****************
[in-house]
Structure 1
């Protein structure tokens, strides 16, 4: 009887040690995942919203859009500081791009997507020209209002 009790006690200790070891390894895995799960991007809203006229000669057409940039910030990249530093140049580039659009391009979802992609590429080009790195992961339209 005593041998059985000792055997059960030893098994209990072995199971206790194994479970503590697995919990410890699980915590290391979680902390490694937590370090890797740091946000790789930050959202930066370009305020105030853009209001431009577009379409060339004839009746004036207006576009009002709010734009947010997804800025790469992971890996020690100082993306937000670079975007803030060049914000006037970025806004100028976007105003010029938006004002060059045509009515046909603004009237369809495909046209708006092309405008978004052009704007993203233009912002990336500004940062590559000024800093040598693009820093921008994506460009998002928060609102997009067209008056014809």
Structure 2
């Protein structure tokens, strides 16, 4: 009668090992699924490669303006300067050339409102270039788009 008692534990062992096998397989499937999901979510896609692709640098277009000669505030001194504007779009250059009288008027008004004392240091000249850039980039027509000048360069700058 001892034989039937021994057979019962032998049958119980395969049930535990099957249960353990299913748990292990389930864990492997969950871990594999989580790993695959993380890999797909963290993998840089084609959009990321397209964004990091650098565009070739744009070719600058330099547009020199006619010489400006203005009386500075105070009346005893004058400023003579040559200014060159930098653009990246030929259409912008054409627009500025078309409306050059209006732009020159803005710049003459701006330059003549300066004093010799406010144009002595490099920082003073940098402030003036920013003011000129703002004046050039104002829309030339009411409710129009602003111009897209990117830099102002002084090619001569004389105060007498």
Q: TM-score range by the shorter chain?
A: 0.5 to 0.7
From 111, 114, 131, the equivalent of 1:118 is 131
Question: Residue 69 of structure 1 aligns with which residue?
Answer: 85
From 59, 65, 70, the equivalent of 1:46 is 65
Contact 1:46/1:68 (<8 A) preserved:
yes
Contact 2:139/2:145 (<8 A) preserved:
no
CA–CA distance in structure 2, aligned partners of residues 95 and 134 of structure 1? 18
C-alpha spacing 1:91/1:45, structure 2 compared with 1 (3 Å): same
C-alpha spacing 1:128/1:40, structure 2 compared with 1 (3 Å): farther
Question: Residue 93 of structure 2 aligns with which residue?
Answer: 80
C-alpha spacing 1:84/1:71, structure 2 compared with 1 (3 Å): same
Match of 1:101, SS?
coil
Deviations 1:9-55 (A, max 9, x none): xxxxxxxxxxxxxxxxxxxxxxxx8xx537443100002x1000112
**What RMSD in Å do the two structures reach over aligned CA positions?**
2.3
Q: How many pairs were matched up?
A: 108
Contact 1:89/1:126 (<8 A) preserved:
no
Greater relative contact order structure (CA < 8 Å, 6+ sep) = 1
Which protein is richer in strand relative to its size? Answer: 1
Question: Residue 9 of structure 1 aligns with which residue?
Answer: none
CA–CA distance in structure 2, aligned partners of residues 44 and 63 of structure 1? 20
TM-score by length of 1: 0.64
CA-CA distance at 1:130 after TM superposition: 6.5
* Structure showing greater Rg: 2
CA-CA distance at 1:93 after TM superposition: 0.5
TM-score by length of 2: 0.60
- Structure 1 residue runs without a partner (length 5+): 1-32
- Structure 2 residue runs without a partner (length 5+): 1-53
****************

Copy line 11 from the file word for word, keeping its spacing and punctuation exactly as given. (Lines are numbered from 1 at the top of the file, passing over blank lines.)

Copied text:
From 59, 65, 70, the equivalent of 1:46 is 65